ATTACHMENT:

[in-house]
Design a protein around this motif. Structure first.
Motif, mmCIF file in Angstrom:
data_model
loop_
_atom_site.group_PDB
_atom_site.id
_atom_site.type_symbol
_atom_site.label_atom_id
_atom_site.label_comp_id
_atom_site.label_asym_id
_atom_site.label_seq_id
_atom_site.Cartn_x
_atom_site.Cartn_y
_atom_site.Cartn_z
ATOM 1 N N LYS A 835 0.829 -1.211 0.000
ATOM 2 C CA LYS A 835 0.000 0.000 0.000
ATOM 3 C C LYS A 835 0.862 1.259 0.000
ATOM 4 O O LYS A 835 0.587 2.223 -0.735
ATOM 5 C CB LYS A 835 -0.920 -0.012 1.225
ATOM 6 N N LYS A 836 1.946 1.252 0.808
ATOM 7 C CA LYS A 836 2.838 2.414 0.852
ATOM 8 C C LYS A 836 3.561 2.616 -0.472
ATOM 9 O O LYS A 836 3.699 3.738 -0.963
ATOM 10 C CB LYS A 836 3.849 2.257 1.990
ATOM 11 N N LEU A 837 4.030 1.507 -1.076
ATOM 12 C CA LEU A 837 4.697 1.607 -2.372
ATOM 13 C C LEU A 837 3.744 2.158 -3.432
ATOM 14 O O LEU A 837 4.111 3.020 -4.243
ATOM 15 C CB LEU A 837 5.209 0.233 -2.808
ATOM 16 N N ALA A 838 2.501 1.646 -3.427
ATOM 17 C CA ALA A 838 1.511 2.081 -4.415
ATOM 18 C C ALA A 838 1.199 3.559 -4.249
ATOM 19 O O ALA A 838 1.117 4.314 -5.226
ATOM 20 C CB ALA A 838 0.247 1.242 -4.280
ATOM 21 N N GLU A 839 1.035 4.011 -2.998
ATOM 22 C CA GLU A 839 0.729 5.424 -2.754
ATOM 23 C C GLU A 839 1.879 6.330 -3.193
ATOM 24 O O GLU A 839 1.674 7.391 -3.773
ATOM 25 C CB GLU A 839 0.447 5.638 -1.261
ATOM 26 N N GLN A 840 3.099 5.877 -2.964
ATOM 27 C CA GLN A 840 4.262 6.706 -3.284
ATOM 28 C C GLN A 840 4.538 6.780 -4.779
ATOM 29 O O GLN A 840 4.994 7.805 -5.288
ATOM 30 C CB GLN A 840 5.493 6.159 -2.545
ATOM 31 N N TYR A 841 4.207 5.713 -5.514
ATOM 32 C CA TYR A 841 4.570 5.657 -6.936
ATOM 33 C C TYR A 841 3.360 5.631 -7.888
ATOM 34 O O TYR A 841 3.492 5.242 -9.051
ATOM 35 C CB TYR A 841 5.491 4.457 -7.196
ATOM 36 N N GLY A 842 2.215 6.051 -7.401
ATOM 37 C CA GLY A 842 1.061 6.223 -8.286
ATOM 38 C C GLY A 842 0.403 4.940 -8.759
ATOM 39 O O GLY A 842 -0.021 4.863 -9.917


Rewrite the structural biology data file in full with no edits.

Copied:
[in-house]
Design a protein around this motif. Structure first.
Motif, mmCIF file in Angstrom:
data_model
loop_
_atom_site.group_PDB
_atom_site.id
_atom_site.type_symbol
_atom_site.label_atom_id
_atom_site.label_comp_id
_atom_site.label_asym_id
_atom_site.label_seq_id
_atom_site.Cartn_x
_atom_site.Cartn_y
_atom_site.Cartn_z
ATOM 1 N N LYS A 835 0.829 -1.211 0.000
ATOM 2 C CA LYS A 835 0.000 0.000 0.000
ATOM 3 C C LYS A 835 0.862 1.259 0.000
ATOM 4 O O LYS A 835 0.587 2.223 -0.735
ATOM 5 C CB LYS A 835 -0.920 -0.012 1.225
ATOM 6 N N LYS A 836 1.946 1.252 0.808
ATOM 7 C CA LYS A 836 2.838 2.414 0.852
ATOM 8 C C LYS A 836 3.561 2.616 -0.472
ATOM 9 O O LYS A 836 3.699 3.738 -0.963
ATOM 10 C CB LYS A 836 3.849 2.257 1.990
ATOM 11 N N LEU A 837 4.030 1.507 -1.076
ATOM 12 C CA LEU A 837 4.697 1.607 -2.372
ATOM 13 C C LEU A 837 3.744 2.158 -3.432
ATOM 14 O O LEU A 837 4.111 3.020 -4.243
ATOM 15 C CB LEU A 837 5.209 0.233 -2.808
ATOM 16 N N ALA A 838 2.501 1.646 -3.427
ATOM 17 C CA ALA A 838 1.511 2.081 -4.415
ATOM 18 C C ALA A 838 1.199 3.559 -4.249
ATOM 19 O O ALA A 838 1.117 4.314 -5.226
ATOM 20 C CB ALA A 838 0.247 1.242 -4.280
ATOM 21 N N GLU A 839 1.035 4.011 -2.998
ATOM 22 C CA GLU A 839 0.729 5.424 -2.754
ATOM 23 C C GLU A 839 1.879 6.330 -3.193
ATOM 24 O O GLU A 839 1.674 7.391 -3.773
ATOM 25 C CB GLU A 839 0.447 5.638 -1.261
ATOM 26 N N GLN A 840 3.099 5.877 -2.964
ATOM 27 C CA GLN A 840 4.262 6.706 -3.284
ATOM 28 C C GLN A 840 4.538 6.780 -4.779
ATOM 29 O O GLN A 840 4.994 7.805 -5.288
ATOM 30 C CB GLN A 840 5.493 6.159 -2.545
ATOM 31 N N TYR A 841 4.207 5.713 -5.514
ATOM 32 C CA TYR A 841 4.570 5.657 -6.936
ATOM 33 C C TYR A 841 3.360 5.631 -7.888
ATOM 34 O O TYR A 841 3.492 5.242 -9.051
ATOM 35 C CB TYR A 841 5.491 4.457 -7.196
ATOM 36 N N GLY A 842 2.215 6.051 -7.401
ATOM 37 C CA GLY A 842 1.061 6.223 -8.286
ATOM 38 C C GLY A 842 0.403 4.940 -8.759
ATOM 39 O O GLY A 842 -0.021 4.863 -9.917